Sanctioning policies vary among states. For example, some states begin the sanctioning process by removing the adult from the grant; however, after a brief transition period the state implements a "full family" sanction (Wood and Strong, 2002). Under this sanction, the state removes the entire family from the grant and closes the case. Therefore, a case generally exits sanction status within a few months as either (1) the parent begins complying with TANF requirements and the benefits are reinstated, or (2) the parent continues not complying and the case is closed.

Table 2-3. Relationship of Child-Only Recipient to Head of Household, October 2000 - September 2001

Table 2-3.
Relationship of Child-Only Recipient to Head of Household, October 2000 - September 2001
State Total Children Relationship to Head of Household (Percent of Child-Only Recipients)
Head of Household Child Grandchild Other Related Other Unrelated
U.S. Total 1,1391,263 2.3 62.8 21.8 10.4 2.7
Alabama 21,462 0.0 45.4 38.3 16.2 0.1
Alaska 1,665 0.0 59.3 29.2 11.2 0.3
Arizona 25,895 0.0 62.4 29.1 8.4 0.1
Arkansas 8,432 0.0 48.2 41.9 8.0 0.0
California 400,122 0.0 84.1 11.6 4.2 0.1
Colorado 8,078 0.0 47.6 40.5 10.7 1.3
Connecticut 12,869 0.0 36.6 42.2 18.4 2.9
Delaware 3,518 0.2 10.7 21.9 8.8 58.4
District of Columbia 7,294 0.5 55.7 29.0 13.4 1.4
Florida 58,209 4.9 39.1 0.0 28.0 28.1
Georgia 42,144 0.0 36.1 45.0 17.0 0.1
Hawaii 3,462 0.0 26.9 52.5 20.0 0.5
Idaho 1,317 0.0 1.3 72.1 26.7 0.0
Illinois 43,912 0.0 75.4 19.1 5.4 0.1
Indiana 15,956 0.0 59.4 32.3 8.3 0.0
Iowa 8,050 1.8 50.7 33.4 13.5 0.6
Kansas 7,165 0.0 44.5 41.2 12.7 1.6
Kentucky 21,834 0.3 58.1 30.5 10.8 0.1
Louisiana 21,770 2.0 54.9 32.3 10.7 0.2
Maine 3,809 0.0 86.8 10.3 2.8 0.0
Maryland 18,207 0.0 26.8 50.1 23.0 0.0
Massachusetts 27,120 0.0 70.0 23.2 6.8 0.0
Michigan 43,381 0.0 75.3 16.2 7.5 1.0
Minnesota 15,114 0.0 67.1 21.7 10.5 0.5
Mississippi 13,039 0.0 58.6 32.2 9.1 0.0
Missouri 20,847 0.0 55.6 31.8 10.9 1.6
Montana 1,769 0.2 45.2 39.4 15.2 0.1
Nebraska 5,354 11.1 42.2 0.0 42.4 4.3
Nevada 5,725 23.4 21.1 35.8 11.3 8.4
New Hampshire 2,238 0.0 51.2 31.7 16.6 0.5
New Jersey 29,888 0.0 48.5 35.7 14.3 1.5
New Mexico 7,368 0.0 69.6 23.1 7.2 0.0
New York 102,863 0.0 71.1 14.9 6.1 7.9
North Carolina 33,114 0.2 34.1 48.1 16.4 1.1
North Dakota 1,355 0.0 59.0 28.8 12.2 0.0
Ohio 59,309 39.8 39.6 1.2 19.3 0.1
Oklahoma 11,081 0.2 44.3 39.8 15.6 0.1
Oregon 11,400 4.5 53.7 22.7 4.4 13.3
Pennsylvania 44,228 2.8 63.8 23.8 9.3 0.4
Rhode Island 4,787 0.0 84.7 12.2 3.1 0.0
South Carolina 13,422 0.0 37.0 45.4 17.7 0.0
South Dakota 2,538 0.0 21.8 50.0 28.0 0.0
Tennessee 30,518 0.0 44.5 40.4 15.1 0.0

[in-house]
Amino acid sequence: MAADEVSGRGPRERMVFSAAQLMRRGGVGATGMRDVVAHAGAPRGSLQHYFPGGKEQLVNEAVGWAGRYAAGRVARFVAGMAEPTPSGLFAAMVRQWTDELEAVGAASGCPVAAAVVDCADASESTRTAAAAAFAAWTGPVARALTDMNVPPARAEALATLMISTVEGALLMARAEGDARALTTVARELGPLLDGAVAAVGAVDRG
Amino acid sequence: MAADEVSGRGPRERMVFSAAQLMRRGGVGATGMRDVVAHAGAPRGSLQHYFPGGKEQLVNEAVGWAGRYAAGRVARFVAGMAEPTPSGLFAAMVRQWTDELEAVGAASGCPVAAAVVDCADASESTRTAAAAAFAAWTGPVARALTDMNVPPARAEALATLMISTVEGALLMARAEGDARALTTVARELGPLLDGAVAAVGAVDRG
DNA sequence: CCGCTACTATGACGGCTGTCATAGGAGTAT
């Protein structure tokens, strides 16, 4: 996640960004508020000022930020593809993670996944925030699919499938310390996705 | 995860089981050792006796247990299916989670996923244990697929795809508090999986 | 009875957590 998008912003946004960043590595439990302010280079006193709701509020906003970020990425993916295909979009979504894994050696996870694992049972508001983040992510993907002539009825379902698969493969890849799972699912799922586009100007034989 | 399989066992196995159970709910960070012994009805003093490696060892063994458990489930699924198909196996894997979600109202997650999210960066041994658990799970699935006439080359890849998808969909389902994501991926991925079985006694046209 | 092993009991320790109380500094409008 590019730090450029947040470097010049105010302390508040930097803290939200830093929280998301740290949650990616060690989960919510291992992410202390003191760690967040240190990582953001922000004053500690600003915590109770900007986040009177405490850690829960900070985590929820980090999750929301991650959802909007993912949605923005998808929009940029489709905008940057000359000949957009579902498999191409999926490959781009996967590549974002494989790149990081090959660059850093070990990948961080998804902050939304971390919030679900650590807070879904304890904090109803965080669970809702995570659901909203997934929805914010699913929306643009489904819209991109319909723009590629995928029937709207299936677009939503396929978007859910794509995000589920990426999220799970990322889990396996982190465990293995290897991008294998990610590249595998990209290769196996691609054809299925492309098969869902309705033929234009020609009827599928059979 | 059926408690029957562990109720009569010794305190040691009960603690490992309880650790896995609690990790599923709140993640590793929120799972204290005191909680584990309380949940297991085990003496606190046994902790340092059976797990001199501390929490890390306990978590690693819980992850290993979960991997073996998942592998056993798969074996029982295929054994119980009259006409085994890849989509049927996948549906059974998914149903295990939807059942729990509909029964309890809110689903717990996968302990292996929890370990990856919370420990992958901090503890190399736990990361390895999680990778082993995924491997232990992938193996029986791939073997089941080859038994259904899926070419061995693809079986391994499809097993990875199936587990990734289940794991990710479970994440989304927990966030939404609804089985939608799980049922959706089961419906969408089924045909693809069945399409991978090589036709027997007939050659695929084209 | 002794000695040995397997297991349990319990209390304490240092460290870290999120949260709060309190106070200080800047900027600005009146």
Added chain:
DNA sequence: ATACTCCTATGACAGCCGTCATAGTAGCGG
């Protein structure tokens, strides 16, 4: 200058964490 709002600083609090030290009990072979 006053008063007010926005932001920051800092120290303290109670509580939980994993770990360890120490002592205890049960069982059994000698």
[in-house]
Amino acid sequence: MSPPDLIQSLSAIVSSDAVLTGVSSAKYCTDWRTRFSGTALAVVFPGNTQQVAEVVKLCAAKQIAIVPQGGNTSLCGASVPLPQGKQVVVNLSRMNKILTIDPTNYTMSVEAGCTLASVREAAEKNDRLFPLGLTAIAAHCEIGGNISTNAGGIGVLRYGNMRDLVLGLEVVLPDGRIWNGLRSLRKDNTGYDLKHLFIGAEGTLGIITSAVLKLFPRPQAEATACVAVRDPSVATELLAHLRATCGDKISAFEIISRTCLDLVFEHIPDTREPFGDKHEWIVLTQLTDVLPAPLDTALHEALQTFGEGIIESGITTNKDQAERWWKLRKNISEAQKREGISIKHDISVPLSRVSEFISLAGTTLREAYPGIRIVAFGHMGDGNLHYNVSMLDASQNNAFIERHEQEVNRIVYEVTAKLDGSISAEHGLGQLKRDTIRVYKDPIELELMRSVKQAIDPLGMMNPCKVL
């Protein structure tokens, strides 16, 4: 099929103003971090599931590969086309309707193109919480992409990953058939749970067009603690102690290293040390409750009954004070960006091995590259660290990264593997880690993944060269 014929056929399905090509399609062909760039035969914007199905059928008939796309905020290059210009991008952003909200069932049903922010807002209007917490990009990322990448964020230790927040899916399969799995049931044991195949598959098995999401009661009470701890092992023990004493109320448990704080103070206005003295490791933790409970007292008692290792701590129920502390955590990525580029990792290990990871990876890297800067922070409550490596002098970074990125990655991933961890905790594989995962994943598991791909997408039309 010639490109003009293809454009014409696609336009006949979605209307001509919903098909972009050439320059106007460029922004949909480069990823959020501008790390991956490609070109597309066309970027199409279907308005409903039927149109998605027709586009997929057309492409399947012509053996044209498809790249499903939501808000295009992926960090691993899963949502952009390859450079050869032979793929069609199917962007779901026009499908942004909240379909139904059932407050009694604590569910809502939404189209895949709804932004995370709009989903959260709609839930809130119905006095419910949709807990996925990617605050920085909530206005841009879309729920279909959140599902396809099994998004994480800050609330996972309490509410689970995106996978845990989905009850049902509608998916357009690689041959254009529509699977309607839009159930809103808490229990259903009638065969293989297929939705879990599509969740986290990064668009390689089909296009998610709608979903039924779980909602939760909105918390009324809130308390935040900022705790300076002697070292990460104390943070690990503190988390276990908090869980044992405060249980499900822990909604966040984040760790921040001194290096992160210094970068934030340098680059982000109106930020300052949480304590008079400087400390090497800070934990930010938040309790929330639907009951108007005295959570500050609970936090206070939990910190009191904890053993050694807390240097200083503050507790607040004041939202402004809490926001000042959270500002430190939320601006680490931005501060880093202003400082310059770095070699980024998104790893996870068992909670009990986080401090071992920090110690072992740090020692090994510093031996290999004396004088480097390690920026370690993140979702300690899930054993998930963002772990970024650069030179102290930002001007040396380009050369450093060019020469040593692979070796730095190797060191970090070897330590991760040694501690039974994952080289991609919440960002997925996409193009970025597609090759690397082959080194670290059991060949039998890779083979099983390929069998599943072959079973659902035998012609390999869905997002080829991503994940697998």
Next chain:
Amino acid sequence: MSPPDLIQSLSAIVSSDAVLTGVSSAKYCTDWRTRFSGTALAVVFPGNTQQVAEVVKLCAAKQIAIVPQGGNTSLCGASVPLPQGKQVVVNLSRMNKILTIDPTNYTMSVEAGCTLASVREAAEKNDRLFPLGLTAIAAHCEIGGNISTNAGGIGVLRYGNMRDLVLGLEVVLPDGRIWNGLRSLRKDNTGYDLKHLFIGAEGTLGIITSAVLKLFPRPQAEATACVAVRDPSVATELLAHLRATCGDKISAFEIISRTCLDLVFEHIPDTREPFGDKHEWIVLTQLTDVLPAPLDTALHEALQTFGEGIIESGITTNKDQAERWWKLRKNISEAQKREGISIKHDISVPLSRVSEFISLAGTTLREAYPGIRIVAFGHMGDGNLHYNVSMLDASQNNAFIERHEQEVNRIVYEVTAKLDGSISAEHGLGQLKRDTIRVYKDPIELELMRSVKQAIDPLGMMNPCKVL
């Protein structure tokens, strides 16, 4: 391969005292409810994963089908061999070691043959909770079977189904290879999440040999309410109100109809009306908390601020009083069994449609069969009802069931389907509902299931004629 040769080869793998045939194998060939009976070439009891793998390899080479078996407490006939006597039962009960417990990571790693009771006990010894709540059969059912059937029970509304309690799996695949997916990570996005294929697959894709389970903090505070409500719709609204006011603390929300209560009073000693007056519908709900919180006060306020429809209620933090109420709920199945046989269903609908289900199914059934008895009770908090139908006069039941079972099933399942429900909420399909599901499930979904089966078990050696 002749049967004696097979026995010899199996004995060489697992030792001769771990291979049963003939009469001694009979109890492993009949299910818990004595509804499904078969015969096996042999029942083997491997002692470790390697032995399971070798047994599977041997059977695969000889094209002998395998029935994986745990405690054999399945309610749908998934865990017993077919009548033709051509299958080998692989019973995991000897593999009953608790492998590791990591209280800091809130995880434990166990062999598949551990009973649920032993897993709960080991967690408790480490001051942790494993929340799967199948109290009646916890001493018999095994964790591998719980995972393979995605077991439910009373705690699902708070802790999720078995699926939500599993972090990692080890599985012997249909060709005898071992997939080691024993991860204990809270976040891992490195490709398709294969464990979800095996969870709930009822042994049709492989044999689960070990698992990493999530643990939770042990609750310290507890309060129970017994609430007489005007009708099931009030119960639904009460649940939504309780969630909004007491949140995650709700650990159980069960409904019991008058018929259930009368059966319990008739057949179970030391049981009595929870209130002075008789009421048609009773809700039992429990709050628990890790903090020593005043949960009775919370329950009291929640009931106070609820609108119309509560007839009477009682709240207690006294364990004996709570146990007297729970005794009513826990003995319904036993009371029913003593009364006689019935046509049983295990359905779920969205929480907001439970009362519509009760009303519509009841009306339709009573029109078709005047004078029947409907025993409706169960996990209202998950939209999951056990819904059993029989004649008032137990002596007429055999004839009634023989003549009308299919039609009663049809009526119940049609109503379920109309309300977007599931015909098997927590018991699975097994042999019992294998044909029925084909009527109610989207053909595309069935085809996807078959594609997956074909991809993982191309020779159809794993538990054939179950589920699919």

Texas 77,027 0.0 63.0 23.9 8.0 5.1
Utah 4,188 0.0 43.4 38.5 18.1 0.0
Vermont 1,357 0.0 58.9 29.0 12.0 0.0
Virginia 19,119 0.3 34.1 45.4 20.0 0.0
Washington 29,320 0.9 50.3 31.0 15.0 2.7
West Virginia 6,849 0.1 57.6 31.4 10.1 0.7
Wisconsin 21,878 0.0 55.1 25.2 19.7 0.0
Wyoming 538 0.0 37.6 45.8 16.5 0.0
Sources: DHHS, 2003.

By contrast, some states never remove the parents from the assistance unit as a consequence of work sanctioning. In these states, sanctioned cases are those in which parents fail to assist in child support procedures.

Table 2-3 presents the relationship of the TANF child recipient in a child-only case to the head of household. Nationally, the majority (63 percent) of children in child-only cases are children of the person listed as the head of household (indicating a parent present in the household). The next highest category of child-only recipients (22 percent) is that of grandchild of the person listed as the head of household. While 51.5 percent of child-only cases nationally are nonparental (Table 2-2), only 32.2 percent of children in child-only cases have relative caregivers (Table 2-3). This may indicate that child-only cases with parents present (e.g., SSI- and immigrant-headed families) have a larger number of children than child-only cases with relative caregivers. It is also noteworthy that while California, New York, and Texas all report less than half of their child-only cases as nonparental (Table 2-2), the large absolute number of total children in child-only cases in these three states (Table 2-3) means that the actual number of children living with a relative caregiver in these states may be similar to smaller states with a high proportion of nonparental child-only cases.

View full report

Preview
Download

"report.pdf" (pdf, 373.74Kb)

Note: Documents in PDF format require the Adobe Acrobat Reader®. If you experience problems with PDF documents, please download the latest version of the Reader®